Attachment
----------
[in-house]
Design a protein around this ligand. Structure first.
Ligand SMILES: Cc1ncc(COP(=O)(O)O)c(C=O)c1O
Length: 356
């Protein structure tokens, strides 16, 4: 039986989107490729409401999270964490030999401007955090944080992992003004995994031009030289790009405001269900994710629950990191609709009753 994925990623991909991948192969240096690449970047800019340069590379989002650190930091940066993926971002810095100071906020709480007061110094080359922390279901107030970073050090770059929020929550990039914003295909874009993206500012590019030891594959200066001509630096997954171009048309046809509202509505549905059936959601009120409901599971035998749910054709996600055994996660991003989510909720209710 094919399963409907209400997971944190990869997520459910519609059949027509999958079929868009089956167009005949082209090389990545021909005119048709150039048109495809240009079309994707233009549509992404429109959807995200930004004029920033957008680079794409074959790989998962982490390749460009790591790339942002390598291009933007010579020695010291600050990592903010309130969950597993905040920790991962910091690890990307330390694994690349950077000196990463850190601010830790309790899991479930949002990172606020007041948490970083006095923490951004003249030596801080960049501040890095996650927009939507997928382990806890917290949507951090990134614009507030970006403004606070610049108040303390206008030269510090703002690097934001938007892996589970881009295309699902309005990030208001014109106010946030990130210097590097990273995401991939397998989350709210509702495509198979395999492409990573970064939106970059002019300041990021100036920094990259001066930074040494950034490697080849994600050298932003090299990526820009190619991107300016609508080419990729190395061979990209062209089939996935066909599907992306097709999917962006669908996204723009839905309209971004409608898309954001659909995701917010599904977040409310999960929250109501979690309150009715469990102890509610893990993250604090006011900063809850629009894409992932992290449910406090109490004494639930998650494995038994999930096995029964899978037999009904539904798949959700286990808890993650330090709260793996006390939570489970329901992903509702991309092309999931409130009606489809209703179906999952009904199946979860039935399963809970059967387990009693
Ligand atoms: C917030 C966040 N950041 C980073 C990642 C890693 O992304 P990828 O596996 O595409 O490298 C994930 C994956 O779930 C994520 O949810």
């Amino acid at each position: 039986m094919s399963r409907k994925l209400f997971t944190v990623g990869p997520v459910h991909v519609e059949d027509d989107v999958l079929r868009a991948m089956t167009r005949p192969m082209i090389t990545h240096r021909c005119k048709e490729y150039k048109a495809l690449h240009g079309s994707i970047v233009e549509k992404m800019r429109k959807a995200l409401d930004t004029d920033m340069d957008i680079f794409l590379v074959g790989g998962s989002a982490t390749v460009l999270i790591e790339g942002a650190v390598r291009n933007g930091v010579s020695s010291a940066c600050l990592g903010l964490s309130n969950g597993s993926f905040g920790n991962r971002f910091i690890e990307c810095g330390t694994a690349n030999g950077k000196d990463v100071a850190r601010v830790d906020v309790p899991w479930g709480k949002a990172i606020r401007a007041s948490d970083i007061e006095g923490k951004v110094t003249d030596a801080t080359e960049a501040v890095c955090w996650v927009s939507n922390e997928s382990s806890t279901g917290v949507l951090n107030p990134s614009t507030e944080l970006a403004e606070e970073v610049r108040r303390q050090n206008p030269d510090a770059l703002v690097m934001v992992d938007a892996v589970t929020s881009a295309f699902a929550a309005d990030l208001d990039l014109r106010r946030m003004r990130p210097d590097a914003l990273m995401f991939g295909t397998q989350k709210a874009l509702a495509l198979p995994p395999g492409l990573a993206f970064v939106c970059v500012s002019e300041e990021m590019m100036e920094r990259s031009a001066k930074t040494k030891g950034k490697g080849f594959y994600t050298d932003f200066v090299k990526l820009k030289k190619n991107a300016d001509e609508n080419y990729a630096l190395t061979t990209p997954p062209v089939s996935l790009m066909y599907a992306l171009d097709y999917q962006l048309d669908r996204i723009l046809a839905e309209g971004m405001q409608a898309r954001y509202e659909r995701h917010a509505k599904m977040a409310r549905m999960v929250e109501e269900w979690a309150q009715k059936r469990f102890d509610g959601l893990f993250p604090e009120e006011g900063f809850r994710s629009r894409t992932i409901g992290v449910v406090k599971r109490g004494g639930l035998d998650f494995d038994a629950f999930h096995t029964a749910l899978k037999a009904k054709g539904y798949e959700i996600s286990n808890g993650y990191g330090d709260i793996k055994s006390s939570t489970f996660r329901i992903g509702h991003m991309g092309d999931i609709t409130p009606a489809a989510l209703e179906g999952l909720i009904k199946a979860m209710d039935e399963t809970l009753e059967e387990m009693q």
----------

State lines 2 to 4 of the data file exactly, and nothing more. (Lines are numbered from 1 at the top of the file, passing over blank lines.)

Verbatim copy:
Design a protein around this ligand. Structure first.
Ligand SMILES: Cc1ncc(COP(=O)(O)O)c(C=O)c1O
Length: 356